5. 5. Food Science and Quality Management www.iiste.orgISSN 2224-6088 (Paper) ISSN 2225-0557 (Online)Vol.14, 201315density is desirable for greater ease of dispensability of flours. In contrast, however, low bulk density would be anadvantage in the formulation of complementary foods (Ugwu and Ukpabi, 2002).The results of the proximate composition of the cookies are shown in (Table 3). The results show that the blendBDE had the highest protein content of 12.2% while samples EDE and ADE had the lowest value of 10.5%respectively. There was no significant difference (p≤0.05) in protein content between ADE and BDE. Accordingto Padmaja, (1995), protein content of the tuber based composite flours could be elevated through theincorporation of legume flours. The blend BDE had the highest carbohydrate content of 53.1% while the blendADE had the lowest value of 51.1%. Total carbohydrate content was high, and this agrees with the findings thatcocoyam being high in starch content should be eaten with other high protein foods (Enomfon and Umoh, 2004).Fat acts as flavours retainer and help to improve sensory qualities of baked products (Ikepeme et al, 2010). Thefat content of sample ADE, BDE and CDE ranged from 18.0% - 18.2%. There was no significant difference(p≤0.05) in fat content of samples ADE, BDE and CDE, while samples DDE and EDE had the same significantvalues of 17.8%. As it was observed from the table an increase in yam flour lead to an increased in moisturecontent.The physical properties of cookies prepared from wheat, yam and soybean flour blends as well as 100% wheatflour is presented in Table 4. The diameter, thickness, weight and spread ratio of cookies ranged from 5.36 to6.05cm, 1.71 to 1.87cm, 29.26 to 30.62g and 31.53 to 37.33 respectively; there was no significant (p≥0.05)difference in diameter and thickness between composite cookies of (BDE, CDE, DDE and EDE) and 100% wheatcookies. The weight of composite cookies differed significantly (p≤0.05) with 100% wheat flour cookies.Addition of soyflour to yam and wheat flour decreased the thickness and spread factor or composite cookies whilethe weight increased.The increase in weight of composite cookies due to addition of soyflour could be attributed to high bulk density ofsoyflour. The higher bulk density of yam-soyflour blends could also account for higher weight of compositecookies than 100% wheat cookies while the decrease in thickness and spread factor of the composite cookies asreported by Mridula et al (2007) was due to the addition of soyflour which could attribute to higher proteincontent of soyflour (Table 3).Singh et al (1993) have reported a decrease in spread factor with increased protein in the cookies.Table 5 shows colour, crispiness, texture and taste ranged between 3.50-4.40, 3.40-4.60, 3.10-4.40 and 3.70-4.20respectively. It is evident from the results that significantly (p≤0.05) highest was by cookies prepared from ADE4.4 while significantly (p≤0.05 lowest by cookies prepared from EDE 3.5. Judges disliked the cookies preparedfrom sample EDE with respect to colour when subjected to sensory evaluation.The crispiness values ranges from 3.4 to 4.6, there is no significant difference (p≤0.05) between the samplesexcept sample EDE which can be attributed to increase in volume of yam flour.Cookies prepared from BDE have the highest significant (p≤0.05) score of 4.4 while lowest score of 3.1 wasobtained in the cookies prepared EDE.There were significant differences (p≤0.05). Maximum score of 4.4 was scored by cookies prepared from sampleBDE respectively while minimum score of 3.7 was scored by the cookies prepared from EDE. Judges dislikedthe cookies prepared from the EDE sample with respect to taste when subjected to sensory evaluation.Overall Acceptability: The statistical analysis regarding the overall acceptability of cookies prepared from wheat,yam and soybean blend is shown in Table 5. The result shows that supplementation significantly affected theoverall acceptability of the cookies. The value range from 3.2 – 4.6; there were no significant difference (p≥0.05)between sample ADE and BDE, also there was no significant difference (p≥0.05) between sample DDE and EDErespectively while sample CDE differed significantly (p≤0.05). Maximum score of 4.6 was scored by cookiesprepared from sample ADE and BDE respectively while minimum score 3.2 was scored by the cookies preparedfrom EDE. Cookies prepared from EDE has been rejected by judges with respect to overall acceptability. Theresults of the sensory evaluation of the cookies prepared from the different treatments of the composite flour areaccording to the findings of Gambus, et al (2003), who reported increasing the levels of flaxseed flour, matricflour and cowpea flour in the biscuit which resulted in significant decrease in the sensory attributes of the cookies.The result of the study shows that substitution of wheat flour with yam and soybean flour increased the proteincontent which was the basis of the study. It was further revealed that 10% of yam and 10% soybean with 80%wheat flour blends produced the overall best result across all parameter and nutrients. Flour could therefore bereplaced with up to 20% with 10% of soybean and 10% of yam flour in cookies production without affecting thesensory qualities. The use of soybean and yam flour in cookies making would greatly enhance the utilization ofthis crop in sub-Saharan African countries like Nigeria where the crop has not been optimally utilized.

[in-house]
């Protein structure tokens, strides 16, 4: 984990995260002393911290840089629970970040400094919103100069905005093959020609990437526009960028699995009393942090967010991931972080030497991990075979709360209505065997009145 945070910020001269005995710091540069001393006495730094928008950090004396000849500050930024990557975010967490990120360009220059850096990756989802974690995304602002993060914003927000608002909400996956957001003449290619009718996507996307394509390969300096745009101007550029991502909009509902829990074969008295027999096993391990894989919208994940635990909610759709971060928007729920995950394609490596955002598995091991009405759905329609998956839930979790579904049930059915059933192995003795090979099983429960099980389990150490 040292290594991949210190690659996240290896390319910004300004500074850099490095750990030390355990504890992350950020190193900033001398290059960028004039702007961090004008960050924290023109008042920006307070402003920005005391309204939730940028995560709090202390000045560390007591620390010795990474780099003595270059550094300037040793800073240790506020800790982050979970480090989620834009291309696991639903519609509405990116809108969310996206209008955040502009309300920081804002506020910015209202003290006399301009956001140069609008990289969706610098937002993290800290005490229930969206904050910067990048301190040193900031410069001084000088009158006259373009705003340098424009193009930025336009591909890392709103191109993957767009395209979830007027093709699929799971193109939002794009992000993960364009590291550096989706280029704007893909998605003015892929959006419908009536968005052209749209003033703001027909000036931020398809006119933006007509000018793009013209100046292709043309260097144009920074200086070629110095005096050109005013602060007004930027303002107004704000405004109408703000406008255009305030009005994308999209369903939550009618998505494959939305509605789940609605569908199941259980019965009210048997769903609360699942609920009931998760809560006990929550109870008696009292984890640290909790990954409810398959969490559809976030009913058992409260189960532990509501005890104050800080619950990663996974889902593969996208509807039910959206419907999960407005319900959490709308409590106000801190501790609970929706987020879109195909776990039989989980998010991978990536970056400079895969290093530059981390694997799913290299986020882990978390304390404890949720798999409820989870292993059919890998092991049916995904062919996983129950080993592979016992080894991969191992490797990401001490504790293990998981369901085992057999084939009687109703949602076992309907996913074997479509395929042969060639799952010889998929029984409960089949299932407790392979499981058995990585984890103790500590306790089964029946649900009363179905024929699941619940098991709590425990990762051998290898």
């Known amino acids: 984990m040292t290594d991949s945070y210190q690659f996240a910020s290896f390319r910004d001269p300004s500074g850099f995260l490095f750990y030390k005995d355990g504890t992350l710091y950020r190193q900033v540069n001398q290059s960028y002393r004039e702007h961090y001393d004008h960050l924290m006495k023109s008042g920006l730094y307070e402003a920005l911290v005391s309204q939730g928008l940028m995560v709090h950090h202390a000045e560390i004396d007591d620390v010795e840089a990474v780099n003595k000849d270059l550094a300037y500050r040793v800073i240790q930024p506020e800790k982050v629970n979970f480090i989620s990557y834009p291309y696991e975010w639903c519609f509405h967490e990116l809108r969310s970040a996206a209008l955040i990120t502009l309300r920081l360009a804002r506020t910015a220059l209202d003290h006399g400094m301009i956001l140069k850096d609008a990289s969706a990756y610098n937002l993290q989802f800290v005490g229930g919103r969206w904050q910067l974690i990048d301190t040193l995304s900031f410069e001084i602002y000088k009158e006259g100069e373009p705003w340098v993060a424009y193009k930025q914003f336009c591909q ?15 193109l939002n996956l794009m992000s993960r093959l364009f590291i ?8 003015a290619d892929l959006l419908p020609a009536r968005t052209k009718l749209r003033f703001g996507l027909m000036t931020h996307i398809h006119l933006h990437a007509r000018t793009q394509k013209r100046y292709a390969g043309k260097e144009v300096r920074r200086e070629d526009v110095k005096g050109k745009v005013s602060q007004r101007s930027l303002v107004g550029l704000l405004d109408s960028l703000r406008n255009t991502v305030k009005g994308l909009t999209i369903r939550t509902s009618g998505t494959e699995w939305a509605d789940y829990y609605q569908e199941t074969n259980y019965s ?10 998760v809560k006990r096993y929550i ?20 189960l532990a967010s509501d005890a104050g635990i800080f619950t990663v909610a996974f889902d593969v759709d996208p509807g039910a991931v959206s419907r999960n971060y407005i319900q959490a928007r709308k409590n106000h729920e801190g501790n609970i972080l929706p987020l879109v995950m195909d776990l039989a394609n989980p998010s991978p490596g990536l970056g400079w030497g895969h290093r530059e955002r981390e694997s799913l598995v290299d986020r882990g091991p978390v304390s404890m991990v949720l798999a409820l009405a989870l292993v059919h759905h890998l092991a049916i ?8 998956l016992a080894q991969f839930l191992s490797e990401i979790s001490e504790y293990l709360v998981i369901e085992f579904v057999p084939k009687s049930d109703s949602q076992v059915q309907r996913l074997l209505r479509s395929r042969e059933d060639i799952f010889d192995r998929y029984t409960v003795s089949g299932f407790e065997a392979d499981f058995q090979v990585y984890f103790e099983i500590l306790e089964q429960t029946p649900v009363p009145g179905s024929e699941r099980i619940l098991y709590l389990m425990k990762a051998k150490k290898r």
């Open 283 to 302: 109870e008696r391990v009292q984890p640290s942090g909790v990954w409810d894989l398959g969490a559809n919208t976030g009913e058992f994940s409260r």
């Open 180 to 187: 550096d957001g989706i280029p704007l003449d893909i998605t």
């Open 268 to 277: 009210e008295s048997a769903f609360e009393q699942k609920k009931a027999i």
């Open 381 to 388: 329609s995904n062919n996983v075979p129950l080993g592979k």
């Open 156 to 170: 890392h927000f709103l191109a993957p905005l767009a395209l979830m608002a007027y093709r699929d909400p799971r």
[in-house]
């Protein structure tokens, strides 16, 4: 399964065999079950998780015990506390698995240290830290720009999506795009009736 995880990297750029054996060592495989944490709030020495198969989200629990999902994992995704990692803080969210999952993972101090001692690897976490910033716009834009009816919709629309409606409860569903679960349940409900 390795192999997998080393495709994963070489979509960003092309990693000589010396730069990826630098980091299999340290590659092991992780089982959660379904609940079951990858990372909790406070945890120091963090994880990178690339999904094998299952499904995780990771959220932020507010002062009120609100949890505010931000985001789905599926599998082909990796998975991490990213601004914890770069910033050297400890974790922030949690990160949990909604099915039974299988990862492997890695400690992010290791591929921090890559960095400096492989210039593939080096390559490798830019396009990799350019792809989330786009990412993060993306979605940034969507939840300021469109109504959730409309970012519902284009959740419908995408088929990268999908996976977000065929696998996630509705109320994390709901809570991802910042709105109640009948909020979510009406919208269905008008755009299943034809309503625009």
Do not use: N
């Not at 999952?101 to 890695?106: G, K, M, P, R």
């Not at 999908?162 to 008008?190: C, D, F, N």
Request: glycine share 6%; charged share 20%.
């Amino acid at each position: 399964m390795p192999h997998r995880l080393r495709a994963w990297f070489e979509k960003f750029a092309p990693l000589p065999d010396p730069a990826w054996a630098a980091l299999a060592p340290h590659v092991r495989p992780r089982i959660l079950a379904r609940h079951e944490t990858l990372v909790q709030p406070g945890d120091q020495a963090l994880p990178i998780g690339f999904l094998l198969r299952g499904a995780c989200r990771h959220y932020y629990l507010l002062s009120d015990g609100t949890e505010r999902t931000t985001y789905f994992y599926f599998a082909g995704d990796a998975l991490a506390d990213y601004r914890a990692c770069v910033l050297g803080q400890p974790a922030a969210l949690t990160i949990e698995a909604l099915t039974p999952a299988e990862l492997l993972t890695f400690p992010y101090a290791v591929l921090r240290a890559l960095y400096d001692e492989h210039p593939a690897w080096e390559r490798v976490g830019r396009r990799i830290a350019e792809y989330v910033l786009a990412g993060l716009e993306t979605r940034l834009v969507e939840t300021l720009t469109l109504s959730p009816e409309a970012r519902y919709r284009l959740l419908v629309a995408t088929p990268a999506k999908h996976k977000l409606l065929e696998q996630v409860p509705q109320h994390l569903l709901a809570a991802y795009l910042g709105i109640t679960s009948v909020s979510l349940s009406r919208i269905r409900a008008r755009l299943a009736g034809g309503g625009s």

6. 6. Food Science and Quality Management www.iiste.orgISSN 2224-6088 (Paper) ISSN 2225-0557 (Online)Vol.14, 201316REFERENCESAlabi, M. O. and Oluwatosin, B. C. (2001): Creating Awareness on utilization of Soybean flour for bakedproducts in the catering industry; A preliminary study of soy cake, physical properties and acceptability.Unpublished.AOAC, (1990): Methods of Association of official chemists. Official methods of Analysis, 15thedition VirginiaAssoc. official Analytical chemist USA. Pp: 1141.AACC, 2000. Approved methods of the American Association of Cereal Chemist.10thEdition, American Association of Cereal Chemists Press, St. Paul, MN.Ayo, J. A.; Ayo V. A., Nkama, I.; and Adewori; R. (2007): Physical in-vitro digestibility and organolepticevaluation of “Acha” wheat buicuit supplemented with soybean flour Niger food j. 25: 77-89.Barbara, H. (2002): From Hardtack to Home fries: An uncommon History of American Cooks and Meals. FreePress UK. P. 30 – 35.Binta, S., Jummai, H. U.; and ANN, P. (2010): Food properties and Nutrition HMT 234. UNESCO NigeriaTechnical and Vocational Education revitalization Week 9.Chinma, C. E, Igbabul, B.D. and Omotayo, O. O. (2012): Quality characteristics of cookies prepared from unripeplantain and deffated sesame flour blends. Am. J. Food Technology 7:398 – 408.Echendu, C. A.; Onimawo, I. A. and Somtochi, A. (2004): Production and Evaluation of Doughnuts and Biscuitsfrom Maize – Pigeon pea flour Blends. Nig. Food j. (22): 147 – 153.Enomfon – Akpan J. and Umoh I. B. (2004): Effect of heat and tetracycline treatments on the food quality andacidity factors in cocoyam (Xanthosoma sagitti folium [L] schott] Pak. J. Nutr., 3: 240 – 243.FAO (1998): Carbohydrates in human nutrition food and Nutrition Rome. Paper. 66.Fraser, E. A. (2000): Heavy metals from wheat grown in sewage sludge. Harvard University Press. Pp. 252 –254.Gambus, A.; Kanemaki, M.; Sanchez-Diaz, A. and Labib, K. (2003): Functional proteomic identification of DNAreplication proteins by induced proteolysis in vivo. Nature 423, 70 – 74.Ikepeme, E. E.; Eyong, M.E. and Ekanem, E. C. (2008): Relationship between schistosoma haematobiuminfection and urinary tract infection among children in South Eastern, Nigeria. Niger post grad. Med. J. 15 (2): 89-93.McWaters H.G.; Hall, A.; Bastow, R.M. Davis S. J. Hanano S., Hibberd, V., Doyle, M.R.; Sung, S., Halliday, K.J.; Amasino, R. M. and Millar A.J. (2003): The time for coffee gene maintains the amplitude and timing ofArabidopsis circadian clocks. J. plant cell. 15., (11): 2719 – 2729.Okpala, L. C. and E. C., Okoli (2011): Nutritional evaluation cookies produced from pigeon pea, cocoyam andsorghum flour blends. Afr. J. Biotednology, 10: 433 – 438.Oluwamukomi, M. O.; Oluwalana , I. B. and Akinbowale, O. F. (2011): Physicochemical and sensory propertiesof wheat-cassava composite biscuit enriched with soyflour. Afr. J. food sci 5 (2): 50 – 56.Mridula, D.; R. K. Gupta and Manikantan, M.R. (2007): Effect of incorporation of sorghum flour to wheat flouron quality of biscuits fortified with defatted soyflour. Am. J. Food Tech., 2: 428 – 434Ihekoronye, A.T. and Ngoddy, P. O. (1985): Integrated Food Science and Technology for the Tropics. McMillianPublisher Limited, London pp 266 – 282 and 366 – 368.Ikegwu, O. J., Nwobasi, V.; Odoh, M. O. and Oledinma, N. U. (2009): Evaluation of the pasting and somefunctional properties of starch isolated from some improved cassava varieties in Nigeria. Afri.j. Biotechnology 8(10): 2310 – 2315.Nasr, S. I. and Abufoul (2004): Using free fat water melon (Citrullus vulgaris) seed kernels in preparing highprotein biscuits. Al-Azhar University Gaza, Gaza Palestine 7: 45-54.Okaka, J. C. (1997): Cereals and Legumes: Storage and Processing Technology. Data and microsystempublishers, Enugu, Nigeria. Pp. 11 – 124Pearson, D. (1976): Chemical Analysis of foods. 7thedition, Edinburgh, Churchil Living Stone. Pp 204 – 210.Rita, E. S. and Sophia, D. (2010): Utilization of soy bean flour in the production of bread. Pakistan Journal ofNutrition 9(8): 815 – 818.Singh, R. J.; Nelson, R. L.; Randali, L. and Chung. G. (2007): Genetic Resources, Chromosome Engineering andCrop Improvement: Oil seed crops. Taylor and Francis publication vol. 4. P. 15.